What I Need To Say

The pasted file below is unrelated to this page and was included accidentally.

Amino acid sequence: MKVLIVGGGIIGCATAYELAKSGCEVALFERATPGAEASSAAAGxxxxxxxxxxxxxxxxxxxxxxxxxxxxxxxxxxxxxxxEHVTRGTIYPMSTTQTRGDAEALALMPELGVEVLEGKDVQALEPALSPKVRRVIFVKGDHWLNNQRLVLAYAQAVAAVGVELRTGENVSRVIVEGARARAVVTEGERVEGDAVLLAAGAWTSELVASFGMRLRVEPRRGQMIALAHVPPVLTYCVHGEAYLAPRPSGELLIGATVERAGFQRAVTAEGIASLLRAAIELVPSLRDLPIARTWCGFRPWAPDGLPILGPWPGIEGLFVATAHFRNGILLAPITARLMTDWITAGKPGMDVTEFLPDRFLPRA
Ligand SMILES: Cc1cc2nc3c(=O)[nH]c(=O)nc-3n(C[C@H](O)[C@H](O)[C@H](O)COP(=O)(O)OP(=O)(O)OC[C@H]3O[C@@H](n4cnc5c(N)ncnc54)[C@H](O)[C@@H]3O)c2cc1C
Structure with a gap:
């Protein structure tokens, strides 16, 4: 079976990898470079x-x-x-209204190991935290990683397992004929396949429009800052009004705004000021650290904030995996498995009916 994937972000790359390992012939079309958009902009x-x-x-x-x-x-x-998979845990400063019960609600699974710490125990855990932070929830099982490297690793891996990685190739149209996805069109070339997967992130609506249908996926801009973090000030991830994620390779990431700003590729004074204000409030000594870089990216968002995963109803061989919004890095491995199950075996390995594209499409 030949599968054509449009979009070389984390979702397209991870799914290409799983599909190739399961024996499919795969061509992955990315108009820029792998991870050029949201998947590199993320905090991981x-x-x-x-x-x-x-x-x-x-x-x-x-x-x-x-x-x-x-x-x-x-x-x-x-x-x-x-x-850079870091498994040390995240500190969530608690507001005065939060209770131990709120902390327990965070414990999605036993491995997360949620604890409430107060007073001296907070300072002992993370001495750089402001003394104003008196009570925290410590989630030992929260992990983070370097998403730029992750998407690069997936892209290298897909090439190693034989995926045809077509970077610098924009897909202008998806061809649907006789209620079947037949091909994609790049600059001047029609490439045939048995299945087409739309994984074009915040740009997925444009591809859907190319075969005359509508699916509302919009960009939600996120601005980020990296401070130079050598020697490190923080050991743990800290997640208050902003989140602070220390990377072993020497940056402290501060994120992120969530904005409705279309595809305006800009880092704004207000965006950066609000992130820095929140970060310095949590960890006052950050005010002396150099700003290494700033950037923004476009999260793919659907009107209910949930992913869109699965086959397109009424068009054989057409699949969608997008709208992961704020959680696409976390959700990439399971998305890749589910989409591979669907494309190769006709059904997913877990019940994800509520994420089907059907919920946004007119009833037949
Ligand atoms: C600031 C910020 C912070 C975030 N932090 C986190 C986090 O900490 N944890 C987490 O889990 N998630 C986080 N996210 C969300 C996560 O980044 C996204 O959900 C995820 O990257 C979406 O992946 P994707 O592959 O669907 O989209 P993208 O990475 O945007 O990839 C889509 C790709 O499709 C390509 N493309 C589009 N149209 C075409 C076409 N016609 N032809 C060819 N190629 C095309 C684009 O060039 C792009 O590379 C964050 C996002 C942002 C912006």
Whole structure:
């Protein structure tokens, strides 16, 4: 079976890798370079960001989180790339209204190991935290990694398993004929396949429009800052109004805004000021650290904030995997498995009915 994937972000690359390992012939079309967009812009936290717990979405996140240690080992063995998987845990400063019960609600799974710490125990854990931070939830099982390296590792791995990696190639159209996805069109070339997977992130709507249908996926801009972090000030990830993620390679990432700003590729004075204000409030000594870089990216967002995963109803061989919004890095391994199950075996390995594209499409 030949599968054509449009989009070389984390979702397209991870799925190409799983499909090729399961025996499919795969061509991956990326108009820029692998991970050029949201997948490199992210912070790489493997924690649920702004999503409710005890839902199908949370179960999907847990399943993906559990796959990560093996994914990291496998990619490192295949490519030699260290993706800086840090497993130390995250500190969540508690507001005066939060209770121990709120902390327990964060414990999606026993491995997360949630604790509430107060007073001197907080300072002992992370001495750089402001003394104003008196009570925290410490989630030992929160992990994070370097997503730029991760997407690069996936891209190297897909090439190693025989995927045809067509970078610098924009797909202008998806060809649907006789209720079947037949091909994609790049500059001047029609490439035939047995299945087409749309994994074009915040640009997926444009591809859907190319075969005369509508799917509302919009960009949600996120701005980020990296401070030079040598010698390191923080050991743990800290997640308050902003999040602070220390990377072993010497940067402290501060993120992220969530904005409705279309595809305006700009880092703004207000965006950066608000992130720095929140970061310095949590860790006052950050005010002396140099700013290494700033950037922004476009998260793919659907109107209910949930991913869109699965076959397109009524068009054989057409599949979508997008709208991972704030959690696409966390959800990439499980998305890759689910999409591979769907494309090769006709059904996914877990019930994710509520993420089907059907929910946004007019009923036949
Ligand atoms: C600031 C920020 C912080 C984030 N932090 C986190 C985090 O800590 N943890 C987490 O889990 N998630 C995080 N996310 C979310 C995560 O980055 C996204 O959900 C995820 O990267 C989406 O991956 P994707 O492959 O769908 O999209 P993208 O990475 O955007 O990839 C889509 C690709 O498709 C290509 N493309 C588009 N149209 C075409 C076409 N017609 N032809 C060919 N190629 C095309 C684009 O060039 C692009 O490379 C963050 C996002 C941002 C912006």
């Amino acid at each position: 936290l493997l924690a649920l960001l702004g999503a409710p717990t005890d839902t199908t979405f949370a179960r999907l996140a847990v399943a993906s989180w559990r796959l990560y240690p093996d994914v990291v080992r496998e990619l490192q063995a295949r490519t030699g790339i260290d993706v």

I just want to let everyone know about my current situation, a situation that has lasted some three years, and has left me somewhat drained. I have been struggling bitterly with, as some of you may know, Bipolar I, and, the comorbid illness of Generalized Anxiety Disorder coupled with a self-diagnosis (due to my incessant drug use, I have been unable to be clinically diagnosed) with Borderline Personality disorder. This along with rampant substance abuse, has been, in essence, small, paid-installments to a suicide I’m too scared to commit. In 2013, when I ingested a poison known as Dextromethorphan, it sent me into a thirty-two-day psychosis with consequences I still feel today. As fate will have it, I found out the most difficult way that the drugs were just a Band-Aid, a temporary fix for a permanent problem, but the over-the-counter cough medicine was the catalyst to my Bipolar – to my demise, or so it still seems. After that infamous, tempestuous summer where I spoke to Bill Gates, thought I was Jesus, ran like a maniac in the sultriness of July, things only seemed to further fall apart. As the months went on, my condition only got worse; it is chronic, progressive, and ultimately fatal: psychological disorders are like the cancers of the mind. I got to the point where I loved everyone but me and only drugs, sex, or music could fill these empty spaces within myself. It was, and has, been an awful road to have found myself on: one consisting of numerous overdoses, car crashes, and a hand full of suicide attempts. And all the while, I became everything I never wanted to be: a master of manipulation; I could intellectualize any event, and then, use circumlocution to escape any sort of backlash. In short, I became, in more ways than one, a wretched animal who thrives upon sucking the life out of everyone else – but – I wasn’t always this way. The drugs simply accentuated my symptoms making me vulnerable, alone, and more miserable than normal. The past three, going on, four years has been a literal hell; where No Exit implies hell is other people, for me, it became that hell is being conscious of myself – just existing was enough. I became delicately in love with the “comfort of being sad…” because when you’re already at wit’s end, the end of your rope, there is no fall – no pain, no let-down. So for the last couple years, I have been plagued by this greyscale dysphoria which comforted me when all the people who would have been there for me where gone because I pushed them away with the rising and falling idealization and devaluation. The social anxiety, drug abuse, mood swings, depression, so on and so forth, pushed me to the point of surrender where I nearly applied for disability (as if being lazy AND disabled would soothe my spirits). Everything in my life has been, and is still, rocky and chaotic: the interpersonal relationships, jobs, perception of self-identity and the like. I just want to be forthcoming with everyone who may not know, the nine-tenths who won’t care, and the one-tenth who most cares about me ten-fold. “Life ain’t no crystal stair…”, but I am trying and trying to beat this, otherwise it will surely kill me, if I don’t beat it to it first. This last hospital stay was from May 28th-Jun 17th, and I ended up their after hard drink and fierce acid; never before had I been so close to being never forevermore. I am grateful to be alive now. And to those simply southern girls who write so in depth about “painful social anxiety”, depression, etc (not their apparent shallowness), you have not the slightest idea about existential nihilism, debilitating anxiety, and worldly depression: you wouldn’t understand not being able to walk into a movie theater because there’s too many people; running to the bathroom to escape socializing; obsessing to calm inner anxiety; unrealistic need to always be on time or early (if not, walking in late is like being run over by a train); always wanting to talk to people, but being too anxious to approach them; thinking so much and having so much anxiety that in a social situation it results in sexual mishaps, awkwardness (resulting in isolation), and anger outburst; being so sad that life is meaningless; being so lonesome, even with people around; or depression being so bad, and so enduring, that happiness is foreign to you. There’s people in this world who are truly in psychological and emotional pain, a pain so great that living is really just dying moment by moment; I am determined to live despite the travesty of the years gone by, and I hope you will all understand why I have been such a basket case; a cruel, heartless, sensitive and fragile human being who is only as brilliant as his immaculate destruction – if you haven’t been there, even the universal empathy will turn into the eternal apathy…